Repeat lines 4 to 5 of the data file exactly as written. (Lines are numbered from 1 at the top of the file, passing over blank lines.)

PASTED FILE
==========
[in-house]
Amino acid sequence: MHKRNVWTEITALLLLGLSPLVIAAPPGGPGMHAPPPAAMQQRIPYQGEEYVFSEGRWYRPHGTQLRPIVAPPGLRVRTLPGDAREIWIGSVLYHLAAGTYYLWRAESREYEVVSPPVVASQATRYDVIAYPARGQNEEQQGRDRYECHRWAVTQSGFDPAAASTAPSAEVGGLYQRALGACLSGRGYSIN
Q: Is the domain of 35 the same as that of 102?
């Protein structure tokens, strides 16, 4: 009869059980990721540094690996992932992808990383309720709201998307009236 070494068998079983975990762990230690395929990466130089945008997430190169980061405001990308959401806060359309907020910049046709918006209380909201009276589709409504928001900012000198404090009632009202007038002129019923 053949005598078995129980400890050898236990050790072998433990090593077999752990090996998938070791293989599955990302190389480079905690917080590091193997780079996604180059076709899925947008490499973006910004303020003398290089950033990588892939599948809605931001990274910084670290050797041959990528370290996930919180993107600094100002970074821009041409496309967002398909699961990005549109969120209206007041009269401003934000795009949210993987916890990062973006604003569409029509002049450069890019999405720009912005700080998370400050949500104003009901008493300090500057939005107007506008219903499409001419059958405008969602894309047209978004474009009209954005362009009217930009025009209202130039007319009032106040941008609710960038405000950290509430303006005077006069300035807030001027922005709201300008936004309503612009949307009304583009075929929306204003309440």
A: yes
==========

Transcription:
């Protein structure tokens, strides 16, 4: 009869059980990721540094690996992932992808990383309720709201998307009236 070494068998079983975990762990230690395929990466130089945008997430190169980061405001990308959401806060359309907020910049046709918006209380909201009276589709409504928001900012000198404090009632009202007038002129019923 053949005598078995129980400890050898236990050790072998433990090593077999752990090996998938070791293989599955990302190389480079905690917080590091193997780079996604180059076709899925947008490499973006910004303020003398290089950033990588892939599948809605931001990274910084670290050797041959990528370290996930919180993107600094100002970074821009041409496309967002398909699961990005549109969120209206007041009269401003934000795009949210993987916890990062973006604003569409029509002049450069890019999405720009912005700080998370400050949500104003009901008493300090500057939005107007506008219903499409001419059958405008969602894309047209978004474009009209954005362009009217930009025009209202130039007319009032106040941008609710960038405000950290509430303006005077006069300035807030001027922005709201300008936004309503612009949307009304583009075929929306204003309440």
A: yes